See What Inspires Future Inventor Henry!
Brilliant innovator and Featured Maker Henry has big ideas! He is 10 years old and entering the 5th grade in Illinois, where he lives with his family and his cats. Henry loves his cats – he told us that he would own a hundred of them if it were up to him!
At school, Henry loves to code in the library using his iPad. He enjoys creating things and wants to be an inventor when he grows up. In fact, he already has an invention that automatically feeds his cats! We sat down with Henry and his father, Marcus, to learn more about how much Henry loves to code and invent new things.
How did you get introduced to Tynker? It was my dad who introduced me three and a half years ago.
How did you learn how to use Tynker when you were first starting out? My dad was helping me with it.
How did you feel when you found out your project had been featured? I was really amazed and happy!
How do you get inspiration for your projects? For one of my featured projects, a burger clicker, I actually got the idea from one of my friends that wanted me to make that! Sometimes I just go onto the web and play a game for some time, then I use that and modify it a bit so that it’s how I would like that game to be.
Why do you like to code? Because you can make whatever you want to make! It’s not just like, “oh, I’ve got to play Minecraft.” It’s like Minecraft could be too hard at the point you’re at, so then you just try to make a little Minecraft thing that’s easier or change it a bit so that it’s more how you would like it to be.
Do you have a favorite code block? All the starting blocks, because without them you couldn’t get anything to work!
What do you do with a project when you’re done with it? I play it, because usually I’m going to be pretty good at that game that I made because I know exactly what the code is. I see if there are any problems, and if there are, I modify them. Usually I publish it – sometimes I show it to someone first.
What are you planning to make next? Tynker inside Tynker. I just modify some of the projects that I’ve already made, like for the ‘Save Cats’ project, I actually made a working save code where you can get your progress back! That’s not to be confused with the one where you take care of a cat, though.
What’s your favorite thing you can do in Tynker? One of the things that I like that you can do in Tynker is when you’re on the actual game and playing, you can answer questions, and then if you get them wrong you can use the function block. It makes it like, “if correct, then continue,” then do that same code block again, ask a question, “if correct, then move on.” It just continues on and on.
How do you think learning to code has prepared you for the future? If I become an inventor, it’s not going to be like, “okay, so, this and this go together, so then I made a new thingy,” because that would probably would have already been invented. So they would have to be more complicated – you would have to have a screen on it that has some coding on it and perhaps some other stuff too, like an auto-drink machine. And maybe just to make some games as well.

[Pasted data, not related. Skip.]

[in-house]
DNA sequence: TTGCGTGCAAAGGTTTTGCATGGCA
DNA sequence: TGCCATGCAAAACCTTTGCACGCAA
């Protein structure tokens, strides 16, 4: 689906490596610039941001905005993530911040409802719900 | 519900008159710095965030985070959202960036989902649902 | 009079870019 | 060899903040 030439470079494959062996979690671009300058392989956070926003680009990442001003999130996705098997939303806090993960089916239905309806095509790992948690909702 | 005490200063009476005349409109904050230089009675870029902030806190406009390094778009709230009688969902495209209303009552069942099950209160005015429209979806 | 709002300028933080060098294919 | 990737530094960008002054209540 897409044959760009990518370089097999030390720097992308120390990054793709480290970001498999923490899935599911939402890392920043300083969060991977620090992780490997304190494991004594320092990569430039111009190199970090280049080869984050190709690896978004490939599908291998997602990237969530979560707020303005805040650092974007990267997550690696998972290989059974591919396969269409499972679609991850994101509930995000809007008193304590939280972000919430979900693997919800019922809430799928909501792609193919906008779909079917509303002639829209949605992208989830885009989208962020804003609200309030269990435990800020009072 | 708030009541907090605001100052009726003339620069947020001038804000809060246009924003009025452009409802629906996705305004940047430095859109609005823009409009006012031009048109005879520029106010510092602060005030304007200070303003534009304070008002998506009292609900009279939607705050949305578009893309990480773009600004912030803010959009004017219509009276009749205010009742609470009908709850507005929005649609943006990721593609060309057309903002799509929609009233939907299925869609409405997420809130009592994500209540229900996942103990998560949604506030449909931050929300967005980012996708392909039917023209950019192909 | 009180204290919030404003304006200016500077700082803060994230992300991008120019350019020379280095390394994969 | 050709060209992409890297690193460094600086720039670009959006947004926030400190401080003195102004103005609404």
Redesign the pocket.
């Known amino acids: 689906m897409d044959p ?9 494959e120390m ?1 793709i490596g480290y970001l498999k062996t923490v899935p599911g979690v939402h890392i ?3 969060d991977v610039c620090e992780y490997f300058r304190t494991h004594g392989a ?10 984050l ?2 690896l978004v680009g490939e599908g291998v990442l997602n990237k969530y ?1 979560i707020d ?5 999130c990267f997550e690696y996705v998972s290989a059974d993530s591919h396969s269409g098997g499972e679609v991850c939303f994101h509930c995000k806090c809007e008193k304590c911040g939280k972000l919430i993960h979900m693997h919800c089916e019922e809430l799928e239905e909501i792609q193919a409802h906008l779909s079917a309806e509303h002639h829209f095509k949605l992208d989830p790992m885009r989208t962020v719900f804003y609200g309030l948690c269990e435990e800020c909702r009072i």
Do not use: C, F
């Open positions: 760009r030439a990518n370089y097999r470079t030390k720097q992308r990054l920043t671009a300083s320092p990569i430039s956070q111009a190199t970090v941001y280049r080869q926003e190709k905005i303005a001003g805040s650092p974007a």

Do you think other kids should try coding? Yeah, especially my brother who has done Tynker before but he doesn’t do it very often. He’s not very experienced, but he said he’s going to do more coding now.
What advice would you give to kids starting out with Tynker? Just try your hardest! And always have more than one device that you have a Tynker app on. If you only have one device and you have to delete Tynker on it for some reason, then some projects will not be there but they’ll still be on the other device. So if you go on to those projects on that device, then they’ll be back on both devices.
Henry’s dad, Marcus, has been learning to code since he was in middle school! Of course, he finds it was taught very differently from how Henry is learning it right now. “It’s nice to have a toolkit for him to develop his own projects and designs,” Marcus said. “Since he wants to be an inventor, he can look at all the tools he has around and put things together.”
Marcus understands that in order to solve problems, you must first identify the problem. He observes the benefits of Henry learning code this early, saying, “I think that there’s some brainstorming that goes on behind the scenes. It’s not structured, where you’re writing down all the problems and possible solutions, but I think the kids are probably thinking through that in their heads – identifying problems and learning the tools to help them solve those problems.” Kids are also learning to market their creations with things like catchy thumbnails, he notes!
“I expect that eventually, he’ll be moving from blocks to text or syntax coding here, actually picking up the language,” Marcus comments. “I expect that transition will come because maybe he gets bored with the selection blocks that are available and maybe wants to create his own subroutines or something.”
We know that Henry’s creativity and ingenuity will propel him to a bright future! We want to thank Henry and Marcus for sitting down with us and illustrating their love of coding. We can’t wait to see what kind of projects and inventions you’re stirring up, Henry!